On September 8th, 2010 the wheel of the steamship Patris was transferred to its final location, on a specially constructed base in the courtyard of the Industrial Museum of Hermoupolis, where the process of its restoration by a specialised scientific team has already begun. The wheel of Patris weighs ten tons, measures six meters in diametre and rests on a cast steel beam measuring 40 cm in diametre and 5 metres in length. The wheel constitutes an exceptional and rare artifact demonstrating the art of shipbuilding. The entire operation was sponsored by the Pateras family and the last phase of transportation was realised by the Neorion Shipyards of Syros, which provided specialised equipment and a team of ten people.
Salvaging the wheel
In 2007, a large-scale operation aiming to salvage one of the two wheels of the steamship Patris was organised. The operation was a collaboration of the Industrial Museum of Hermoupolis, the National Hellenic Research Foundation, the Ephorate of Underwater Antiquities and the UFR-Team of divers. In addition, the operation was filmed to provide footage for a documentary entitled “Patris-Lost in 1868″, a co-production of ERT SA, the production company TECHNIS and the CTC-IMH. Following its salvage, the wheel was temporarily placed in the Hermoupolis traditional shipyard, until it was transported to its final location.
Patris sank in fair weather, after hitting a reef near the island of Kea in 1868, while on route to Syros from Piraeus. Initially, responsibility for the wreck lay with the captain N. Aggelikaras, who was later acquitted by the naval court. There was no loss of life, as all passengers got ashore safe and sound. Nonetheless, the financial damage incurred by the Hellenic Steamship Company was significant. The ship, which was cut in two, lies at about 50 metres underwater to this day. Since 1980, the shipwreck has been a popular attraction to experienced divers from all over the world, as it is extremely well-preserved.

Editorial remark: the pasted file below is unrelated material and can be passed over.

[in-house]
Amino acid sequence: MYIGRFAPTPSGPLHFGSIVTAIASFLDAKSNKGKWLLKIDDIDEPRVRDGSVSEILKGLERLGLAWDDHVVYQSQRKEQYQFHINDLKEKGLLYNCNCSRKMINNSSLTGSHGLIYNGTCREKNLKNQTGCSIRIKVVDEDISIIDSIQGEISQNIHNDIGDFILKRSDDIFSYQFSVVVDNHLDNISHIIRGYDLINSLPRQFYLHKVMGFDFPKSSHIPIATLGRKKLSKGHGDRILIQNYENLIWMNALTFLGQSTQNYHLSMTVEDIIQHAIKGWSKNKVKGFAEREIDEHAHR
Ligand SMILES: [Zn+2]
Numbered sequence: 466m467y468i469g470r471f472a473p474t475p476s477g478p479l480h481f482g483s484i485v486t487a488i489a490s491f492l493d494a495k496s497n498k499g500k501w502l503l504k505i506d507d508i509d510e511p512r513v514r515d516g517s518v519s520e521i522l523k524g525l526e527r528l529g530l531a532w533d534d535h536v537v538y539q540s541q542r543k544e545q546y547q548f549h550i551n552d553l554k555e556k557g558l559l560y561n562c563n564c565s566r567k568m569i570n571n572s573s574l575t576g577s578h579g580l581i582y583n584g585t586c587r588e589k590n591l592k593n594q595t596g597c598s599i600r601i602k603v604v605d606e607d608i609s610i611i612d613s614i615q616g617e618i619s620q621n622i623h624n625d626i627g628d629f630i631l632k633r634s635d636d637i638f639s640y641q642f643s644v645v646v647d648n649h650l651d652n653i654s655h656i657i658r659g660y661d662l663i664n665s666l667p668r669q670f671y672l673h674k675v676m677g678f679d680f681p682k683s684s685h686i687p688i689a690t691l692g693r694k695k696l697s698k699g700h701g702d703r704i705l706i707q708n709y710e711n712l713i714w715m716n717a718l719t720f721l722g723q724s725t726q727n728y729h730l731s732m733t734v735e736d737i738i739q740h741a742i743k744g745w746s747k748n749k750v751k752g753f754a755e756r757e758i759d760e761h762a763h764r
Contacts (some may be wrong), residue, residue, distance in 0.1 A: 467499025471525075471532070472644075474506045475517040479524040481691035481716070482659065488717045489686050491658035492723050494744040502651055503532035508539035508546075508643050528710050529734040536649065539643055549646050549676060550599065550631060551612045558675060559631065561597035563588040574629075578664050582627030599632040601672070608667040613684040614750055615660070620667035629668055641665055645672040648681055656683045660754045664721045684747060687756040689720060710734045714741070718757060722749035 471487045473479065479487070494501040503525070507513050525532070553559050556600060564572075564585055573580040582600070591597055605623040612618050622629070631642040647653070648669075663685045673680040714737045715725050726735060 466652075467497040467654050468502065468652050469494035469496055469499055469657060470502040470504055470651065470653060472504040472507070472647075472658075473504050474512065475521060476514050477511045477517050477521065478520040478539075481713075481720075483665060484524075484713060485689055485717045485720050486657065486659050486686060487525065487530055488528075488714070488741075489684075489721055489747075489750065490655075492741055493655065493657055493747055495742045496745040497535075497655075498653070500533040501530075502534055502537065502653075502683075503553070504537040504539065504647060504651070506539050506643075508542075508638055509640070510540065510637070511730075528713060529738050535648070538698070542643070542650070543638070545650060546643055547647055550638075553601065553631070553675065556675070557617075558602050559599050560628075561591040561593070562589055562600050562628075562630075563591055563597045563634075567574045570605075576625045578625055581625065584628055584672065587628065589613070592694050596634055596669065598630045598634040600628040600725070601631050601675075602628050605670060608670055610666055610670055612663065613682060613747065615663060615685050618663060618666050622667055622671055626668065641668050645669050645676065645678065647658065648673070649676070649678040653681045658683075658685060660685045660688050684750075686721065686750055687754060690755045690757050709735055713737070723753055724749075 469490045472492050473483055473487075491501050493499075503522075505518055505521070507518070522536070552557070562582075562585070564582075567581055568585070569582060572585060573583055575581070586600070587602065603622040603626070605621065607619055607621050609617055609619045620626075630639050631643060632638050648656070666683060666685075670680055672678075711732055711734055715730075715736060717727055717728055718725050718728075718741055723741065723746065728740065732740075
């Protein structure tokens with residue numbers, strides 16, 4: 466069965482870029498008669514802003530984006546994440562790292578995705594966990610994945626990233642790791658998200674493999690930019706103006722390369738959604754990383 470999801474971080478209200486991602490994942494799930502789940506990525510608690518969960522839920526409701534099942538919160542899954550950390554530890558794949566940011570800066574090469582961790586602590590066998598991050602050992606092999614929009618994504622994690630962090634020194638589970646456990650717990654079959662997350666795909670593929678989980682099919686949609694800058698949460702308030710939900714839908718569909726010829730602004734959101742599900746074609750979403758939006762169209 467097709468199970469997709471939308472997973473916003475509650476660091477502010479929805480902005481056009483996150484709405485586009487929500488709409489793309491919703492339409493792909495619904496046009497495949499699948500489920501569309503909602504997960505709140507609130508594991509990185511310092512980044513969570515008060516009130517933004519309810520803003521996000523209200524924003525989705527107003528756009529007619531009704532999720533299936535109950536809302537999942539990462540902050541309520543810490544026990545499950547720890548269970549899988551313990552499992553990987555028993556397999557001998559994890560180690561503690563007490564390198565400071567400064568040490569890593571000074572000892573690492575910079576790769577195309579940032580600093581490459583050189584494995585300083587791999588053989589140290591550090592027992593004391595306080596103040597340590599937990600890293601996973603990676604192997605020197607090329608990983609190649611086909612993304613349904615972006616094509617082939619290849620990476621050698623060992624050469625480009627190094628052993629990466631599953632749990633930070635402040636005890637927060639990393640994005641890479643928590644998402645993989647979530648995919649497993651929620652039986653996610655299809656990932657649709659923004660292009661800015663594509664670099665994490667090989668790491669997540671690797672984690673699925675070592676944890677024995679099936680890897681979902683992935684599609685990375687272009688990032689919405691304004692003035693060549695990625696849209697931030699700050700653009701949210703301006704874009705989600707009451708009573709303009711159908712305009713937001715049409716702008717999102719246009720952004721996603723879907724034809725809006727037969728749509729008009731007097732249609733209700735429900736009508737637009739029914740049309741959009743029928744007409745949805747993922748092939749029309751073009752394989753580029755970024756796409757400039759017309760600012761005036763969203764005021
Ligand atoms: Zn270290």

The steamship Patris
The passenger steamship Patris was one of the ships of the Hellenic Steamship Company, the first sea service founded in Greece. It was ordered by former king Otto and built in England in 1860. It was a luxury ship made of iron, 217 feet long, 28 feet wide, with a tonnage of 787 register tons, a displacement of 700 tons and a 180 horsepower engine. It burned coal, which fueled the steam engine which, in turn, set the ship’s two wheels in motion. However, it also had sails.
Although the wheels of Patris were technologically more evolved, you can find out the basics of steam-powered paddles here.